The Kinks were formed by the Davies brothers, who generally do not get along. Their family structure may have something to do with it: Ray and Dave Davies were the 7th and 8th children in their family. The first six were girls.
Ray Davies had an affair with Chrissie Hynde. They have a daughter, Natalie.
Early names were The Ravens and The Bo Weevils. The Kinks is based on the word "Kinky," which they heard on the TV show The Avengers.
In 1965 they embarked on their first American tour. It was a disaster, with erratic bookings and a great deal of conflict within the band. Along the way, they incurred the wrath of the musician's union, which refused to work with the band, effectively keeping them out of America until December, 1969. This tanked their sales in that country and kept them from performing at Woodstock.
Ray Davies was shot in 2004. While visiting New Orleans with his wife, a mugger stole her bag. Davies gave chase and the perpetrator shot him in the leg, causing severe injuries.
Ray Davies' sister Rene died the day he turned 13. She gave him his first guitar that year as a birthday present.
Ray Davies has dabbled in film throughout his career, primarily in the '80's. In 1986, he was in the movie Absolute Beginners. He also worked on One For the Road and Return to Waterloo. Dave Davies was also in One For the Road.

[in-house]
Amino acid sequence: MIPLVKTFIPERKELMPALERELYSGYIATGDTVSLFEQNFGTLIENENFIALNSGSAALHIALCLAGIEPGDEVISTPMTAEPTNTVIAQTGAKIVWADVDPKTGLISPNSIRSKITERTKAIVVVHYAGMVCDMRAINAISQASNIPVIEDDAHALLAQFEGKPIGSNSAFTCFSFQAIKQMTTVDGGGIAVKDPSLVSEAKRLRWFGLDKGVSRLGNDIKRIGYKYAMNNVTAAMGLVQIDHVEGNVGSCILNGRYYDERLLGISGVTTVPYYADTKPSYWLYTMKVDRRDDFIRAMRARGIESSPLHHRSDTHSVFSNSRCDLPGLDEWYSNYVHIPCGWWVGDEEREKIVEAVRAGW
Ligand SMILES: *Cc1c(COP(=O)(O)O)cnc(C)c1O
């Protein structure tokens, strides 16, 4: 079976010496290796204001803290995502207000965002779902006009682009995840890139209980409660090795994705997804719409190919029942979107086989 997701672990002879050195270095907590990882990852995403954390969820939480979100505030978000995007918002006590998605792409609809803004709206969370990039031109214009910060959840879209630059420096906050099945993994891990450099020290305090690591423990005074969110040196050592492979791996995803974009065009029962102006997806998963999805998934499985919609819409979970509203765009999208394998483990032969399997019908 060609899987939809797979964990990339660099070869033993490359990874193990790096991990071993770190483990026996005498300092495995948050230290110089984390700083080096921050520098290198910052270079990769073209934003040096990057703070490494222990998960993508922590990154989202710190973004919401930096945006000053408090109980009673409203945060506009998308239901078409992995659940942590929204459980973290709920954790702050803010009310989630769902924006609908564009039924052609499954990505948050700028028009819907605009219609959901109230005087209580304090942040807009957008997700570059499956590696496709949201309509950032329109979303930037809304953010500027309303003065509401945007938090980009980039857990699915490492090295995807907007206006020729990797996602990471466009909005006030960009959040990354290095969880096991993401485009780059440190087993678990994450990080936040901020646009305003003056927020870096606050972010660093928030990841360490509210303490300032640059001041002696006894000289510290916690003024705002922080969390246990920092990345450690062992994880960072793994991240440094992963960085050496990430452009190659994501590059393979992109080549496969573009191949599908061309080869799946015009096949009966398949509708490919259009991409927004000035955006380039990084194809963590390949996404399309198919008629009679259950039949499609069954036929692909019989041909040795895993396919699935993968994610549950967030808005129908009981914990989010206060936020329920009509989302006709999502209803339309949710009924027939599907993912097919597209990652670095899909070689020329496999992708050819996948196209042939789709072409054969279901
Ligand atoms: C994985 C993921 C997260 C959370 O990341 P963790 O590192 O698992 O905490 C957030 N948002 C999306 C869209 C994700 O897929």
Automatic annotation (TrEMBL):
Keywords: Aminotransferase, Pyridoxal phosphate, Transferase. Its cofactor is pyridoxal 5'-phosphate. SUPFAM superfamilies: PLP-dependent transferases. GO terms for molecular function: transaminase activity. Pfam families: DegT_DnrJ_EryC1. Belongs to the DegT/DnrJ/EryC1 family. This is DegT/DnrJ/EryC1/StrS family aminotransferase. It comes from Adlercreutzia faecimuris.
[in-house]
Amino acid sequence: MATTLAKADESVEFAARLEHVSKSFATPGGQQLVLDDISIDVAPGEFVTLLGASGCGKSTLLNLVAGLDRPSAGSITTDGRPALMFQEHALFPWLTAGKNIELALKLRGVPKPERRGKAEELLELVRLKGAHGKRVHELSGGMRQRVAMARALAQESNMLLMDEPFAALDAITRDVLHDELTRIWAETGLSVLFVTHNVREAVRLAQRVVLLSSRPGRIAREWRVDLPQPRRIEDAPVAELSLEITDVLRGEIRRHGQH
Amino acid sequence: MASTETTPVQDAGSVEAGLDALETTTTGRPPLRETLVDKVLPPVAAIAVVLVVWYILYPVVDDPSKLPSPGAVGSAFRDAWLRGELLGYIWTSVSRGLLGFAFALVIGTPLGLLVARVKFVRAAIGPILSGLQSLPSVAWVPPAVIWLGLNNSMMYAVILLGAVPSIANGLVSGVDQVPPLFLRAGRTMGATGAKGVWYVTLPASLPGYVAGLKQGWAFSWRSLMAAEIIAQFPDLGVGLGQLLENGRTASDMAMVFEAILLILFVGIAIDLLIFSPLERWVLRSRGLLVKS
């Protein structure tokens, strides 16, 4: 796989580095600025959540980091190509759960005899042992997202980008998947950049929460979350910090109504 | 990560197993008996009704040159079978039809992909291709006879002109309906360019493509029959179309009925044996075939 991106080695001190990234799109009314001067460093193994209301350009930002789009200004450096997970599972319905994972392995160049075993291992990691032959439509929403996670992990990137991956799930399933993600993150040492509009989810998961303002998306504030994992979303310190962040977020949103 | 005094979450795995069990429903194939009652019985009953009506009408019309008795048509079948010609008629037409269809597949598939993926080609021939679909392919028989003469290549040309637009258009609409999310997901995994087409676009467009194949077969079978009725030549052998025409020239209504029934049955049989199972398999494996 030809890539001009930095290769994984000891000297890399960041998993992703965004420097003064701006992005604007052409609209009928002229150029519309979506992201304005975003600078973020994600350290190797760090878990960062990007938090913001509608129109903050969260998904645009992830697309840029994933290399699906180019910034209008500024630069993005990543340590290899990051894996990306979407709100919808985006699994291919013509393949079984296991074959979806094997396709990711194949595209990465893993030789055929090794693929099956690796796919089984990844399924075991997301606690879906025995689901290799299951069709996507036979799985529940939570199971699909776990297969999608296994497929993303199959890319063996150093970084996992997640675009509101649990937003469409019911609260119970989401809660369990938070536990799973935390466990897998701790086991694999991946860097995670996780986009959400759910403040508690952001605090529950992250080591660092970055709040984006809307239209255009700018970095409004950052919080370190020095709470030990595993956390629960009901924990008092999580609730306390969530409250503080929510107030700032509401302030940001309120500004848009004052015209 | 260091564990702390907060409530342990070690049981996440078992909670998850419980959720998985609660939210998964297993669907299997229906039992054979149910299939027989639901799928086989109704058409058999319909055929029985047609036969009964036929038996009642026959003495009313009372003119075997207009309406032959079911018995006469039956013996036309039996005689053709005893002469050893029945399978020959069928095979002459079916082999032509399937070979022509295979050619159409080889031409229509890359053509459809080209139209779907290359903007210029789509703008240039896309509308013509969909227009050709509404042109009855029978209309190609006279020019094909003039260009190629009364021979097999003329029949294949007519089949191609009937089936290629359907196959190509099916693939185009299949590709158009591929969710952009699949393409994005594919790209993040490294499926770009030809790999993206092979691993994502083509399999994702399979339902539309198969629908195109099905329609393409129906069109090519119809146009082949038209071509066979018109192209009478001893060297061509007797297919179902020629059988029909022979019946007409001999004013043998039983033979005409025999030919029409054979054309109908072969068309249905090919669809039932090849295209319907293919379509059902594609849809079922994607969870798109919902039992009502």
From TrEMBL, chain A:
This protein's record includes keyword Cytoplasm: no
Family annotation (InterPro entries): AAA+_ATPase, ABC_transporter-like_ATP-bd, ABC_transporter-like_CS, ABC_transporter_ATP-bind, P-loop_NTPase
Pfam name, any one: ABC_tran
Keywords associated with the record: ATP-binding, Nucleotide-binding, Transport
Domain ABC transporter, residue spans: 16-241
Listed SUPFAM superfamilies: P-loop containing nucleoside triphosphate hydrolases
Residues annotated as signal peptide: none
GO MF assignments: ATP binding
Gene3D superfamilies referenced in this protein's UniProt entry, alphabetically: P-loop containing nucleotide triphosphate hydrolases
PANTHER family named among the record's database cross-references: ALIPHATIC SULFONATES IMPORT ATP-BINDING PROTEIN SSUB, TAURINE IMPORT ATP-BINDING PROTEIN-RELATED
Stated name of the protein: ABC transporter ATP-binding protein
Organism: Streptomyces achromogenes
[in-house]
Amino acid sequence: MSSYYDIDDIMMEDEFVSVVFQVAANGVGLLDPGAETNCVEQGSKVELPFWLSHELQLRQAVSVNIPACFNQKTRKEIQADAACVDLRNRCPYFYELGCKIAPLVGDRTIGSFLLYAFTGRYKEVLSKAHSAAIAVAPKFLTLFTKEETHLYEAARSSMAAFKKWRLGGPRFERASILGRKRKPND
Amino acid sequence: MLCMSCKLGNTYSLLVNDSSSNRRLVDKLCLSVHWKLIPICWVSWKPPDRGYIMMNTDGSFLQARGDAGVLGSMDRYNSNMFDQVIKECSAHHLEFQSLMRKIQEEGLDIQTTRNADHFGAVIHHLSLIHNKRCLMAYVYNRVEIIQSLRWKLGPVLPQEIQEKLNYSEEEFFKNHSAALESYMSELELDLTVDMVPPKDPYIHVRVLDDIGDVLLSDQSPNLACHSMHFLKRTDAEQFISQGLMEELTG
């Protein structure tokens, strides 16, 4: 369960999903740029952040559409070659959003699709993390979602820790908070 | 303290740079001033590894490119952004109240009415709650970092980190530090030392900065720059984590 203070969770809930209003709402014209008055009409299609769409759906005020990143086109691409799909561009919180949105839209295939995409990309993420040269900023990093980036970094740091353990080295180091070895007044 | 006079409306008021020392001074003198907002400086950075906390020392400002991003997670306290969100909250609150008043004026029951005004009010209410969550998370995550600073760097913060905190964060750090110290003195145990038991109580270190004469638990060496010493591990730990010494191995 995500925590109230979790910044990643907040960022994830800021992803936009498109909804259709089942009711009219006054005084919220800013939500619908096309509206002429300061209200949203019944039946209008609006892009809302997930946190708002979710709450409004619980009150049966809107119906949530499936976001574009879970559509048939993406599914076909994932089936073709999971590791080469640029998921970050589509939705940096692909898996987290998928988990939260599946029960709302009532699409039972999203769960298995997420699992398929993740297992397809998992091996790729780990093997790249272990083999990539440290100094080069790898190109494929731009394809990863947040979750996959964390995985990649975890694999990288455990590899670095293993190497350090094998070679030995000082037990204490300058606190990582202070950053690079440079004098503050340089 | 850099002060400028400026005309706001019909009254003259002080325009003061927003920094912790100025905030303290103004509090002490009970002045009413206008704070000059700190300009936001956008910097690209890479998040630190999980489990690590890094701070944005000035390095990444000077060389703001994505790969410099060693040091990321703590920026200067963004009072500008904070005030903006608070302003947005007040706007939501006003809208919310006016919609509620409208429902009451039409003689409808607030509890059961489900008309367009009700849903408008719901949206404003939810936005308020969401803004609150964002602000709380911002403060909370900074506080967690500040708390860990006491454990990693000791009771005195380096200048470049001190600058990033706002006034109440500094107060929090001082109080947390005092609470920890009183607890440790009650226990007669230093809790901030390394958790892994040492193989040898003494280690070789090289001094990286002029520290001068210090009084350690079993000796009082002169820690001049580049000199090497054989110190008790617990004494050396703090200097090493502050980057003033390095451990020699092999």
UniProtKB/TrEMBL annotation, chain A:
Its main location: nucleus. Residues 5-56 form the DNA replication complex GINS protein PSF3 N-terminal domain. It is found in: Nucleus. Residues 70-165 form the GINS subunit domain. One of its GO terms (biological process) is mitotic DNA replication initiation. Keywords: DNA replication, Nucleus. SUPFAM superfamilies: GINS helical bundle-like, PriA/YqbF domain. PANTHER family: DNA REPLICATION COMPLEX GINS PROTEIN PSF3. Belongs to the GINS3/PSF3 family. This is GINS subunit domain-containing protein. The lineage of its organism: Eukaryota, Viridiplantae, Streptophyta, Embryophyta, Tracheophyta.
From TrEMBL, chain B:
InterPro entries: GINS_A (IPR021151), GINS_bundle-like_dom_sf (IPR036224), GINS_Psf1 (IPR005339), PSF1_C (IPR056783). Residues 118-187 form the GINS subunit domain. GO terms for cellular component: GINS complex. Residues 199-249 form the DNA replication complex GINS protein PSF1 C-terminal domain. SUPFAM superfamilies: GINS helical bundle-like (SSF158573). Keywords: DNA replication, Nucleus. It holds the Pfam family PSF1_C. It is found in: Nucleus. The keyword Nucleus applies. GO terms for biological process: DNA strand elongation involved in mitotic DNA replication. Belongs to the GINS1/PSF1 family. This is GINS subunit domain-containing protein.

Avory almost joined the Rolling Stones. He played with them at a few early live shows.
In 1969, The Kinks wrote one of the first rock operas: Arthur, or the Decline and Fall of the British Empire. It was released the same year as the Who's more successful Tommy, so many have forgotten about it.
Rodford had been a member of Argent and helped refine the messy, booze-infested live shows for which the Kinks had become known during most of the Seventies. Later member Henrit had also been a member of Argent.
Ray Davies was knighted in the 2017 New Year Honours for services to the arts. He recalled to The London Times: "When I got the notification I thought it was a tax demand. I didn't open it for ages."
Asked by Mojo magazine what his old time favorite album is, Ray Davies replied: "Otis Blue by Otis Redding. He had the perfect backing group, and he filled all the gaps between Southern gospel, pop music, The Beatles."